'That'll be nice.' He said.
It was more than "nice." It was balm for the soul. No-one would ever call Bayhurst Woods 'Breathtaking' or praise the abundance of wild flowers, but the quiet gentle beauty of our native trees soaring cathedral like above age old twisting trails suited my mood. Before too long I met an elderly couple who stopped to fuss over my dogs.
'We lost our old girl.' The woman tells me. Having spent all last Friday hunting for my Dad's Patterdale Terrier, I panicked, knowing I was involved now and would have to help search.
'Lost her six months ago.' The man confirms. 'First time we've been able to walk in these woods without her.'
They both smiled, anxious not to burden me with their grief but I saw the scars they tried to hide.
So we spent the next ten minutes chatting, parting still as strangers but the memory of this chance encounter stayed with me.
This is for them, the nameless old couple I met briefly in Bayhurst Woods, and for all those who know the joy and heartbreak that we allow into our lives when we open our hearts to a dog.
The Power of the Dog
There is sorrow enough in the natural way
From men and women to fill our day;
And when we are certain of sorrow in store,
Why do we always arrange for more?
Brothers and sisters, I bid you beware
Of giving your heart to a dog to tear.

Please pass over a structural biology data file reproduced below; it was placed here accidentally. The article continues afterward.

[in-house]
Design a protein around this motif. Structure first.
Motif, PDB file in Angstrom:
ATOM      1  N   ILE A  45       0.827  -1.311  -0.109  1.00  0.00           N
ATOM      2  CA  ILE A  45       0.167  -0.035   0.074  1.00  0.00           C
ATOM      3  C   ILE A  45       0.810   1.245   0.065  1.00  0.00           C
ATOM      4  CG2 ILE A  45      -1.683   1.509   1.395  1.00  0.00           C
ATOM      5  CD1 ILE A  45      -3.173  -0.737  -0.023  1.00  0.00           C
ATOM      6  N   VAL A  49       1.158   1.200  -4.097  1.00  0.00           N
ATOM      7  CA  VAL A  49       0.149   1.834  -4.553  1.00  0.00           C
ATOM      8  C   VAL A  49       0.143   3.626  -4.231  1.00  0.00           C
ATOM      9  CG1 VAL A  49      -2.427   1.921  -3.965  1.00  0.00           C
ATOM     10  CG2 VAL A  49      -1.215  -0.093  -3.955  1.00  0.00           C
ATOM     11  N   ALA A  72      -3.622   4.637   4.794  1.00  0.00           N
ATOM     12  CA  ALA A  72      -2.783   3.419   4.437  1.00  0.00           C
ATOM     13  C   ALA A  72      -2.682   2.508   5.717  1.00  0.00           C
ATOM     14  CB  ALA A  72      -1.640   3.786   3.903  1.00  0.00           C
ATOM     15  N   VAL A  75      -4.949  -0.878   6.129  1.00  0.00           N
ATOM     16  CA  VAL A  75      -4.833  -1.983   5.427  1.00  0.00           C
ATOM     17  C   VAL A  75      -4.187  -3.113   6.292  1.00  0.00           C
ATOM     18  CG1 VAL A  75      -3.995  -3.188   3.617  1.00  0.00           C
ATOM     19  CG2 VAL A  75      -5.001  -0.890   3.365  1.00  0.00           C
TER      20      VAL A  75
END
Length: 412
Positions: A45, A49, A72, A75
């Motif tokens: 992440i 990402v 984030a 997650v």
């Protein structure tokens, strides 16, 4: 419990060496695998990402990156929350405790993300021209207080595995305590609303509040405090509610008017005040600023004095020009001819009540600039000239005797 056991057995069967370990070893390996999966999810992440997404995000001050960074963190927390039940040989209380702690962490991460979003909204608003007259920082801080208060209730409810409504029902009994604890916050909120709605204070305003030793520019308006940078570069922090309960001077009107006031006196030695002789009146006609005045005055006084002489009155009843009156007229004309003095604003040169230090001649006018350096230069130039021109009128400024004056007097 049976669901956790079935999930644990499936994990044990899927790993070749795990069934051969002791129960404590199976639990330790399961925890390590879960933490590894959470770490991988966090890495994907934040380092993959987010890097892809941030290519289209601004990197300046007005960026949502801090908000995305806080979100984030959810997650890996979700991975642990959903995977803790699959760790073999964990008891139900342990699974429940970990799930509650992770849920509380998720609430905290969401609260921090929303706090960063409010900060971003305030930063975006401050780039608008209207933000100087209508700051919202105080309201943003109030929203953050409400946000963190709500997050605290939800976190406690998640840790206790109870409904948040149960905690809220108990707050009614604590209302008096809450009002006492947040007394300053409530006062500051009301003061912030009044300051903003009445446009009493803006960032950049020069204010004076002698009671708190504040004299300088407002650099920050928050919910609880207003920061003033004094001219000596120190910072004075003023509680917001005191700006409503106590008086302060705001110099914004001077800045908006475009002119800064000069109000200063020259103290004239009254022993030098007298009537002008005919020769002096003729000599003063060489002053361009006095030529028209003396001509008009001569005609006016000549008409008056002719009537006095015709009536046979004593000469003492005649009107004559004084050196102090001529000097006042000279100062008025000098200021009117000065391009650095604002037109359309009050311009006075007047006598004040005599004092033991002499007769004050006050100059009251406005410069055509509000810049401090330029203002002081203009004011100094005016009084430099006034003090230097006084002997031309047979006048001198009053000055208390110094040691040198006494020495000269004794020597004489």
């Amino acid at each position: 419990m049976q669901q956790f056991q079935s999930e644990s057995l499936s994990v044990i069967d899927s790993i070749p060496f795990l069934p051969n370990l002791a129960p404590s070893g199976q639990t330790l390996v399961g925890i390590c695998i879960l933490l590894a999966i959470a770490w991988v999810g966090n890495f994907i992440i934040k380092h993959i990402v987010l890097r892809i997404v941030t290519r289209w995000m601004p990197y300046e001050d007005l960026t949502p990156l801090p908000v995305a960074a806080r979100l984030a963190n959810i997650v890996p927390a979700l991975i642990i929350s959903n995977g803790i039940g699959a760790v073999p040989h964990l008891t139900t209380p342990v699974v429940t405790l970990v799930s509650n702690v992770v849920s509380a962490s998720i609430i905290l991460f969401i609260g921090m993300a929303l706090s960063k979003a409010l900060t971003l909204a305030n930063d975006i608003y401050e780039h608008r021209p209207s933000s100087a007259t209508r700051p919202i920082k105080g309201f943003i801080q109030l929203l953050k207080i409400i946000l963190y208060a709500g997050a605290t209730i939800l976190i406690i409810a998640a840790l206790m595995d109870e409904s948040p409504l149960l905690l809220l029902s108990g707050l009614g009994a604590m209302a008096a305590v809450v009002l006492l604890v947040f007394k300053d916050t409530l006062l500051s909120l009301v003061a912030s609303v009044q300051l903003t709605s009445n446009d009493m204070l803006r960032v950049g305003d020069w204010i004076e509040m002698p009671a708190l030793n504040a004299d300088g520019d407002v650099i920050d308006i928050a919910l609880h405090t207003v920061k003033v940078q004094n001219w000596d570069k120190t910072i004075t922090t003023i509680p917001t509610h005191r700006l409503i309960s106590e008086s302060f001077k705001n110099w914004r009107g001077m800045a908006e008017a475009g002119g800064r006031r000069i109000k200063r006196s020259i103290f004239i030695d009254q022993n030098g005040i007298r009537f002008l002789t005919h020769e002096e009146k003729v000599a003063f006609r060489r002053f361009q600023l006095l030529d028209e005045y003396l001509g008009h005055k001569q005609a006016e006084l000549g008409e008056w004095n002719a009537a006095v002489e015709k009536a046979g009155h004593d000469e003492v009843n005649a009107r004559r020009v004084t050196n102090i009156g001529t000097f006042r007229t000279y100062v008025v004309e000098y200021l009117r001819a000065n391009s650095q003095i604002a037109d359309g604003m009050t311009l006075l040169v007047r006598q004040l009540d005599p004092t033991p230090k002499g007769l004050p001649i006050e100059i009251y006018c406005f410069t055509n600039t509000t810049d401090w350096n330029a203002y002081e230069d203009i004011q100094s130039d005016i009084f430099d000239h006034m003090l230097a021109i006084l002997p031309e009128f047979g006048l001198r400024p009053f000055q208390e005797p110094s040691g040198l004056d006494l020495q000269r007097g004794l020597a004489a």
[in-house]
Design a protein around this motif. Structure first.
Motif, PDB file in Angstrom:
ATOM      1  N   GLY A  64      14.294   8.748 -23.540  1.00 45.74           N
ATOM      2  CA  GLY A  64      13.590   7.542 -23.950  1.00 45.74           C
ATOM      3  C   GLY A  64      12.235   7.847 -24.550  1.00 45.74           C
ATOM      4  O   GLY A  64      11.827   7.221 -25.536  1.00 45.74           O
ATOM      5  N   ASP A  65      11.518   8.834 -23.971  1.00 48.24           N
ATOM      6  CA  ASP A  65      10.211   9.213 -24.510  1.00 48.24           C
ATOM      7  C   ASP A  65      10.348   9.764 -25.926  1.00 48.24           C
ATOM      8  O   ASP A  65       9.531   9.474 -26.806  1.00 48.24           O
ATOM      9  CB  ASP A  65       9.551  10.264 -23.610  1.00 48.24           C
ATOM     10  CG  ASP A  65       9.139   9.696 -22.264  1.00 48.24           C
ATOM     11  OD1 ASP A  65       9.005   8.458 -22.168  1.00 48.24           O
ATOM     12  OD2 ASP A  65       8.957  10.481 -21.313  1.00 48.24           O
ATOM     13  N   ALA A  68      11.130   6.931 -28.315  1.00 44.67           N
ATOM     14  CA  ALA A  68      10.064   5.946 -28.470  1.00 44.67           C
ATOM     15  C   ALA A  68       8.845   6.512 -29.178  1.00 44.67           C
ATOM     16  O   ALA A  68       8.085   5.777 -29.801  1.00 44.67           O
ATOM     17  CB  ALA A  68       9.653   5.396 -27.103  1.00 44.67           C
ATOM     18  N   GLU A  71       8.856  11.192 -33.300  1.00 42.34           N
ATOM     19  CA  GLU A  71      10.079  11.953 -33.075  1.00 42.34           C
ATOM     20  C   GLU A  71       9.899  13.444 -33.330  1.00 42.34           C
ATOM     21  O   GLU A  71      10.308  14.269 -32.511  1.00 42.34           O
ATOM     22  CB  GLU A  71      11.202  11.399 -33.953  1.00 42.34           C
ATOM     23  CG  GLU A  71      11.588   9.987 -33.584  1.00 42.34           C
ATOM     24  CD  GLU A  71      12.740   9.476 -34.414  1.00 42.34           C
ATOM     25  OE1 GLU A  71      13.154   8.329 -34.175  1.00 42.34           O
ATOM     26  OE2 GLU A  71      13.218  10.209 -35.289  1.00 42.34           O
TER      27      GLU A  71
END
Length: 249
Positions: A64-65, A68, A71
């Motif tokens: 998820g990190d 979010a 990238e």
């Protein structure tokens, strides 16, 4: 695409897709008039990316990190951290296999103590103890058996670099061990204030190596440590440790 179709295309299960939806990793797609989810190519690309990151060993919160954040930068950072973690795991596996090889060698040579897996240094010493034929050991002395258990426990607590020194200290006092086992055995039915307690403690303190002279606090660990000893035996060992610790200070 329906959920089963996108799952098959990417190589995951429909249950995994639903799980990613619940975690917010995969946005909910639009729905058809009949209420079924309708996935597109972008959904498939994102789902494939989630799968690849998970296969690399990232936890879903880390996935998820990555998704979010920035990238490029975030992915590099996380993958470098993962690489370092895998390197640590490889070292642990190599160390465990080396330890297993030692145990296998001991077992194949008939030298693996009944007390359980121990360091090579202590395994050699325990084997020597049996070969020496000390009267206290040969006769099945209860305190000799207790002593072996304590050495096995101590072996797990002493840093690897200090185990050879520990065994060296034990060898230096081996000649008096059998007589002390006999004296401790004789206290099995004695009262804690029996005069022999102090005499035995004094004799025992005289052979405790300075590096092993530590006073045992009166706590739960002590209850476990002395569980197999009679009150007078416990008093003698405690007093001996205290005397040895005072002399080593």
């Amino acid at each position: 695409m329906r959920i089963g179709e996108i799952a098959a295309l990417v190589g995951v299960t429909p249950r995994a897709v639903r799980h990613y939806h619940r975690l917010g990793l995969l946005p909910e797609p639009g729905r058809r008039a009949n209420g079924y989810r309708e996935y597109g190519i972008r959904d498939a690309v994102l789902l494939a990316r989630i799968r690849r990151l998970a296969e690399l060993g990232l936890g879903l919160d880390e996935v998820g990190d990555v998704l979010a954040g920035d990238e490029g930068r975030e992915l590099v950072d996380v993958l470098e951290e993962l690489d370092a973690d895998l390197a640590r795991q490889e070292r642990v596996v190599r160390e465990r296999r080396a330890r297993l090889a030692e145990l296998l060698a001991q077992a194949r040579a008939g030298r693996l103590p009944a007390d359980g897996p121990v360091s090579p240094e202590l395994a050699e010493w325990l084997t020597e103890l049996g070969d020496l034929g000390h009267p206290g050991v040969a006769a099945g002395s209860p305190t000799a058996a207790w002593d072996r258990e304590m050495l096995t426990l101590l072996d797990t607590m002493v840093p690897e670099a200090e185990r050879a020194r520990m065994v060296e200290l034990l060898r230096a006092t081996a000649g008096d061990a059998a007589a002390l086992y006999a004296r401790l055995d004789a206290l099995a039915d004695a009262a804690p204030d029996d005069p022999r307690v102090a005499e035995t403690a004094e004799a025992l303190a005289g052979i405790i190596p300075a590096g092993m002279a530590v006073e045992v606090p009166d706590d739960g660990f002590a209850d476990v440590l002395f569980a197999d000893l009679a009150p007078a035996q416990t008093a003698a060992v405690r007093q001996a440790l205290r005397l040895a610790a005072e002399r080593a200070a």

Buy a pup and your money will buy
Love unflinching that cannot lie--
Perfect passsion and worship fed
By a kick in the ribs or a pat on the head.
Nevertheless it is hardly fair
To risk your heart to a dog to tear.
When the fourteen years which Nature permits
Are closing in asthma, or tumour, or fits,
And the vet's unspoken prescription runs
To lethal chambers or loaded guns,
Then you will find--it's your own affair--
But ... you've given your heart to a dog to tear.
When the body that lived at your single will,
With its whimper of welcome, is stilled (how still!)
When the spirit that answered your every mood
Is gone--wherever it goes--for good,
You will discover how much you care,
And will give your heart to a dog to tear.
We've sorrow enough in the natural way,
When it comes to burying Christian clay.
Our loves are not given, but only lent,
At compound interest of cent per cent.
Though it is not always the case, I believe,
That the longer we've kept 'em, the more do we grieve:
For, when debts are payable, right or wrong,
A short-term loan is as bad as a long--
So why in--Heaven (before we are there)
Should we give our hearts to a dog to tear?
I think I know the answer to Kipling's question. When memories are all that's left, be certain to create the best you can.
Julia Hughes, Author of A Ripple in Time